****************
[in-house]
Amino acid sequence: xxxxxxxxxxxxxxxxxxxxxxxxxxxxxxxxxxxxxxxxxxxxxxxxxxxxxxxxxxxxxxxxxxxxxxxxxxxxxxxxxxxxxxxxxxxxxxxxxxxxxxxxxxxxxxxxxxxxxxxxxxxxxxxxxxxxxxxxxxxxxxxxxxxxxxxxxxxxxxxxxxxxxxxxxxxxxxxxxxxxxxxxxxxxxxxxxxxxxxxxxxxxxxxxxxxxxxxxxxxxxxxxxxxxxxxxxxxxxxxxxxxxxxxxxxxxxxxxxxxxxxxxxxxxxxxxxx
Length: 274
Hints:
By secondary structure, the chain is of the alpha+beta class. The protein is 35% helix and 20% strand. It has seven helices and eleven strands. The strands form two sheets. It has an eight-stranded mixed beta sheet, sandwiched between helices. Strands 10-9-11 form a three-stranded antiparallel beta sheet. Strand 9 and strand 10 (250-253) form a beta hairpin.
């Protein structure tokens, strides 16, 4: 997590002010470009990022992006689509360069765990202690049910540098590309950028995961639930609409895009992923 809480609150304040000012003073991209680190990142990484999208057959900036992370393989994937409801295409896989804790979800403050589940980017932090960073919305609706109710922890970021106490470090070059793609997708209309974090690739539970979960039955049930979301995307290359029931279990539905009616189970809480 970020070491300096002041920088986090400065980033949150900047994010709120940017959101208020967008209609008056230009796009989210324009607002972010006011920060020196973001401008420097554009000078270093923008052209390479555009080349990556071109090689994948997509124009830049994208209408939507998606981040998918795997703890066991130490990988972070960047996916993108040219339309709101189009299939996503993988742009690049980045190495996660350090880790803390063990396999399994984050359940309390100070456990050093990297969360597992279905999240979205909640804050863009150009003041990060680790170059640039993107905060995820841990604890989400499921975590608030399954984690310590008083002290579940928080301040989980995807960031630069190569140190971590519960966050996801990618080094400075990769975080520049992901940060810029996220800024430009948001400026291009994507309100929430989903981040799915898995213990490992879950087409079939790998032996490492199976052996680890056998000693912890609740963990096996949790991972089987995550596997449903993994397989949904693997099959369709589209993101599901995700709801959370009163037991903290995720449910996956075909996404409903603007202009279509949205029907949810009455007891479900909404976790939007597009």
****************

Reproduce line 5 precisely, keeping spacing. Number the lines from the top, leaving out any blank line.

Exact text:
By secondary structure, the chain is of the alpha+beta class. The protein is 35% helix and 20% strand. It has seven helices and eleven strands. The strands form two sheets. It has an eight-stranded mixed beta sheet, sandwiched between helices. Strands 10-9-11 form a three-stranded antiparallel beta sheet. Strand 9 and strand 10 (250-253) form a beta hairpin.